Tuesday, April 26, 2005
This Polaroid was taken at the end of a very long day, which probably explains why George looks tired and I look crazy.
It’s been fun riding the Stroumboulopoulos rollercoaster over the past few weeks. But it’s time to get off. You know you’ve written one too many posts about the guy when you no longer have to google his last name to spell it correctly!
Friday, April 22, 2005
Warning: The following contains scenes of nudity, sexuality and coarse language. Viewer discretion is advised.
No, I’m kidding. Honestly, the following post is so free of sin it would make the Pope proud.
I’ve just spent four hours with (okay, in the general proximity of) George Stroumboulopoulos, who has been in Vancouver all week taping The Hour. I scored tickets to tonight’s show and invited my friend Annelle to come with me. But first I made her promise to not look better than I did and make a point of flashing her wedding ring if we got the chance to meet George.
When we arrived at the theatre, it was as if we had stumbled into a casting call for Canada’s Next Top Model. The competition was fierce. There were gorgeous, young girls everywhere. Dammit! Don’t these chicks know that George is the thinking woman’s pin-up boy? Why can’t they lust after Ben Mulroney?
The theatre was almost full and we picked seats about four rows up from the front on the left side. George and the production crew were glued to the TV sets flanking the stage. It was just after 4 p.m. and the prime minister was live on Newsworld addressing the nation.
As soon as Martin’s speech was over, there was a lot of running back and forth by people wearing headsets and carrying sheets of paper. They would run over to George and say something while he bent his head and listened. The room was crackling with excitement and energy.
Then George made an announcement of his own.
"Hey everyone. We’re going to do things a little differently today. Before we do the show, Newsworld wants to break in live in about 15 minutes from now to get some reaction from you guys on what the prime minister just said. So who here has something to say?"
One guy raised his hand and said he wanted to say something about how Martin didn’t speak French. A girl raised her hand and said she wanted to say something about how we need more government accountability. No one else spoke.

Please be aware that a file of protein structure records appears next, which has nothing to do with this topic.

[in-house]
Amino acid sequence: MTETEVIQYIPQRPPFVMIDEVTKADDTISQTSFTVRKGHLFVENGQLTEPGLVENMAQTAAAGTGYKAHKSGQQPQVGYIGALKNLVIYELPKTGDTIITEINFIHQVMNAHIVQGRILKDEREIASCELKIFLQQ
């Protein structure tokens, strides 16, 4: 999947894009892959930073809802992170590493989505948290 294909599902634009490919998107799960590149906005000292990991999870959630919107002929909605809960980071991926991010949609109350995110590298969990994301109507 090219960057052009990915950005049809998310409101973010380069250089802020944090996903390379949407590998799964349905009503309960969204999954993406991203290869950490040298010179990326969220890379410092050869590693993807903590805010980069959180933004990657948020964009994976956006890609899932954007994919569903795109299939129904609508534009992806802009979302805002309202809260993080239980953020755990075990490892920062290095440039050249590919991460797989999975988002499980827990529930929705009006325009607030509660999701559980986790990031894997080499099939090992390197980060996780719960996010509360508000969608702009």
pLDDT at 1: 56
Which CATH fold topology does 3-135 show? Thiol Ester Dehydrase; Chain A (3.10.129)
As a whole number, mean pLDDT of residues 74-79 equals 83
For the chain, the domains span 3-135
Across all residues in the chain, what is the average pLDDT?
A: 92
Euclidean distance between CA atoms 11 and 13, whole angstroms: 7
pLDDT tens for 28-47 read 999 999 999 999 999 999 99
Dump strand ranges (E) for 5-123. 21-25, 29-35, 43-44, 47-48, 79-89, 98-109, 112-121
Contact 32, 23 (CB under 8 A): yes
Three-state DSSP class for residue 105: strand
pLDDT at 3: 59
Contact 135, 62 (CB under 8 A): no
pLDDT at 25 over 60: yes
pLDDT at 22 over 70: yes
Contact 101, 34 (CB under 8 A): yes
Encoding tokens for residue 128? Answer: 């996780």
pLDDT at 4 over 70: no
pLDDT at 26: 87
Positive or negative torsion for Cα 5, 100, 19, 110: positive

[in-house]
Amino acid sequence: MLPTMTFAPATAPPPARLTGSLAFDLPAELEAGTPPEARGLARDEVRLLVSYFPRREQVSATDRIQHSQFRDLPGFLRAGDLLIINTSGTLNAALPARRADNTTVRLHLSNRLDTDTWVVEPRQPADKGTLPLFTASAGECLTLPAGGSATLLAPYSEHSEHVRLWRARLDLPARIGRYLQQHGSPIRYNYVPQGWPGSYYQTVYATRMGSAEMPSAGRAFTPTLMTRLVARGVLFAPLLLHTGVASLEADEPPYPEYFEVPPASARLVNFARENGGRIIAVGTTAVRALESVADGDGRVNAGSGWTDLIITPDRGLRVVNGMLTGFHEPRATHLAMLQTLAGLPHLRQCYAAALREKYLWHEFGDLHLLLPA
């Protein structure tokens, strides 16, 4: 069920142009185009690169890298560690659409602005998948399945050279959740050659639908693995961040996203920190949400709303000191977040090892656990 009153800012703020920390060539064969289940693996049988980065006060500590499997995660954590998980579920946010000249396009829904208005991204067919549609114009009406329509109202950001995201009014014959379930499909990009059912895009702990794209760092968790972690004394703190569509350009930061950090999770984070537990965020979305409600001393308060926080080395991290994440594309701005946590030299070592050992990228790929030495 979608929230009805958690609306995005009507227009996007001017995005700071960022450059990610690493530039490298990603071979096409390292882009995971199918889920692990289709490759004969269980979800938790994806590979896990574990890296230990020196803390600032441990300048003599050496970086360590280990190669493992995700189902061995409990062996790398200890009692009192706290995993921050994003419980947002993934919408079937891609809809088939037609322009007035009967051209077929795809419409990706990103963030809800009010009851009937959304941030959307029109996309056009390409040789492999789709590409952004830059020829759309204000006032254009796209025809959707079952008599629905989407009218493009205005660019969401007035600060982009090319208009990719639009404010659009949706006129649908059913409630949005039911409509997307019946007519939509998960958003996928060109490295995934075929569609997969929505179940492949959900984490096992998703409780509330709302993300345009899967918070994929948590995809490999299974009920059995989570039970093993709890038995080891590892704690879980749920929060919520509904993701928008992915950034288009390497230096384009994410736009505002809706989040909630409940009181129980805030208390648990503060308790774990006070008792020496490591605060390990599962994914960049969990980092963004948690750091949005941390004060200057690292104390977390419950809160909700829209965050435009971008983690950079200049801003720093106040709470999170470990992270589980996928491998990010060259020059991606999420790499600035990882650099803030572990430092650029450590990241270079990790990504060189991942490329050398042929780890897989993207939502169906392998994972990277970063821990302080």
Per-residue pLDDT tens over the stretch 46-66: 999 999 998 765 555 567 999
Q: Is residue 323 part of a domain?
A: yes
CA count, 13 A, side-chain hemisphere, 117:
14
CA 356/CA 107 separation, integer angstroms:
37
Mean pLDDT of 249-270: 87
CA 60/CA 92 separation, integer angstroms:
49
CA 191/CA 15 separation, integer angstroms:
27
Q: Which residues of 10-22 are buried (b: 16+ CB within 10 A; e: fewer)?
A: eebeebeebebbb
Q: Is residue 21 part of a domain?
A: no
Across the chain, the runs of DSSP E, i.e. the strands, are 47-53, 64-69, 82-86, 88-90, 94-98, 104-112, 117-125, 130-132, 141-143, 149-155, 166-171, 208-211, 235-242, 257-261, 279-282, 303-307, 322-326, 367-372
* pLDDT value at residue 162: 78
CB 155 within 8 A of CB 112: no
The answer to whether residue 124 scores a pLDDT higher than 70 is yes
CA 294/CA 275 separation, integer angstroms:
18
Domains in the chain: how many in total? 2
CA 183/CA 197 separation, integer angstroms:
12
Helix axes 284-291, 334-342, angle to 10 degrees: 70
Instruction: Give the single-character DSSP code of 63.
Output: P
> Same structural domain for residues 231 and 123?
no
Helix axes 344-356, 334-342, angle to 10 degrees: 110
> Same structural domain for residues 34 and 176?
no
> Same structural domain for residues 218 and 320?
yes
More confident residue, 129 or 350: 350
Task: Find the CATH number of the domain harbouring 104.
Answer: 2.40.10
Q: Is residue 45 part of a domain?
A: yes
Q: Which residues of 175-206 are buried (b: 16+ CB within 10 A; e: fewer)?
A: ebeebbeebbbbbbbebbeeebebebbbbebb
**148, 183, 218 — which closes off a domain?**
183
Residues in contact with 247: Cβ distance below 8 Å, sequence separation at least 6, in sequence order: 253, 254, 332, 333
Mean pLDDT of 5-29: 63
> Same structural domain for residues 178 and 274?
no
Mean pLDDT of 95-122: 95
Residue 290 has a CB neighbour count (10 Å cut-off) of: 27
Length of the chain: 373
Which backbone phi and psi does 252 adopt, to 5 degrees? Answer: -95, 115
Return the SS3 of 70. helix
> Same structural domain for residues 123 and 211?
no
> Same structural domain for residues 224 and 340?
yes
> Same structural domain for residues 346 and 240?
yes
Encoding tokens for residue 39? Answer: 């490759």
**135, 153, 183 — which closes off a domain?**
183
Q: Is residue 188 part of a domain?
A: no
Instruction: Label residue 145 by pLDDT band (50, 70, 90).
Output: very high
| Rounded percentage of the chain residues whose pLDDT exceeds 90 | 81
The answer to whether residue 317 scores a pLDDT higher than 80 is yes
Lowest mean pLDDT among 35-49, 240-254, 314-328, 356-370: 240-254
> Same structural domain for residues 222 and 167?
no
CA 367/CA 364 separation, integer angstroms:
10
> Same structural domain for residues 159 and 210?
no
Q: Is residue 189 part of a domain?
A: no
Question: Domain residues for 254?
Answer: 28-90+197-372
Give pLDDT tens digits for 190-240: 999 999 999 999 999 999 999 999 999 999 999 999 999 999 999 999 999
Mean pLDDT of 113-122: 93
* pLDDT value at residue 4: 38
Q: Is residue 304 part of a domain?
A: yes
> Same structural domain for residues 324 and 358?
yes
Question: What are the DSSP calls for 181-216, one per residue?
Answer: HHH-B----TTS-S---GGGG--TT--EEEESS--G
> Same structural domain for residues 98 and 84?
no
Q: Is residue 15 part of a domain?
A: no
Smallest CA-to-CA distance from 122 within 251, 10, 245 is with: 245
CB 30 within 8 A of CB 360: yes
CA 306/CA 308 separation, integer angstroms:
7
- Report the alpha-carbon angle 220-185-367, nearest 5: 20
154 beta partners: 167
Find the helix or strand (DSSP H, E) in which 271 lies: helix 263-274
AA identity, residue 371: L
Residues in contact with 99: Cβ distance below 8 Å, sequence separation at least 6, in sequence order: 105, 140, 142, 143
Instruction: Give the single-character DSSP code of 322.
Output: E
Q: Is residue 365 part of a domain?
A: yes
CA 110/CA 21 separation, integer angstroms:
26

George seemed a little frazzled. "Anyone? Anyone? C’mon, I know you guys have strong opinions."
Before I knew what was happening or what I was doing, my arm shot up in the air and I blurted out, "I’ll do it!"
"Okay, cool," George said. "What do you want to say?"
I told him I wanted to say that this whole thing was ridiculous. That the prime minister should have made this announcement in the House of Commons. That this is a Liberal crisis, not a national crisis. If Paul Martin wants to get an unfiltered message out he can buy an ad.
What was I thinking? I’m still cringing about what happened when the cameras started rolling. I haven’t seen the footage and I don’t ever want to see it. It’s too horrifying.
At 4:30 p.m., George faced the camera as Newsworld went live to Vancouver for reaction. He ran up and down the aisles and posed questions to those who volunteered to comment. Somehow he remembered what every single person wanted to say and framed his questions based on the answers we had given him earlier.
As he made his way over to me, I was getting more and more nervous. My heart was pounding and I couldn’t remember what I was going to say. Suddenly, George was looming above me and a camera was thrust in my face. He asked me a question and I started talking into the camera. Then I remembered you’re supposed to look at the person interviewing you, not the camera. But I had to crane my neck to see George.
I butchered my answer. I spoke too quickly. I was too nervous. I was too distracted by his dimples and beautiful, dark brown eyes. I tried to repeat what I had said earlier but it came out all wrong. And then he asked me a follow-up question. A follow-up question! Shit shit shit! It was a hard question, something about the opposition. I don’t even want to remember what I said. It’s too mortifying to think about.
And then he moved on to the next person. I was left sitting there feeling like I had been dropped from the eye of a tornado. I had just made the worst possible first impression on George and, oh yeah, millions of other people too. Idiot!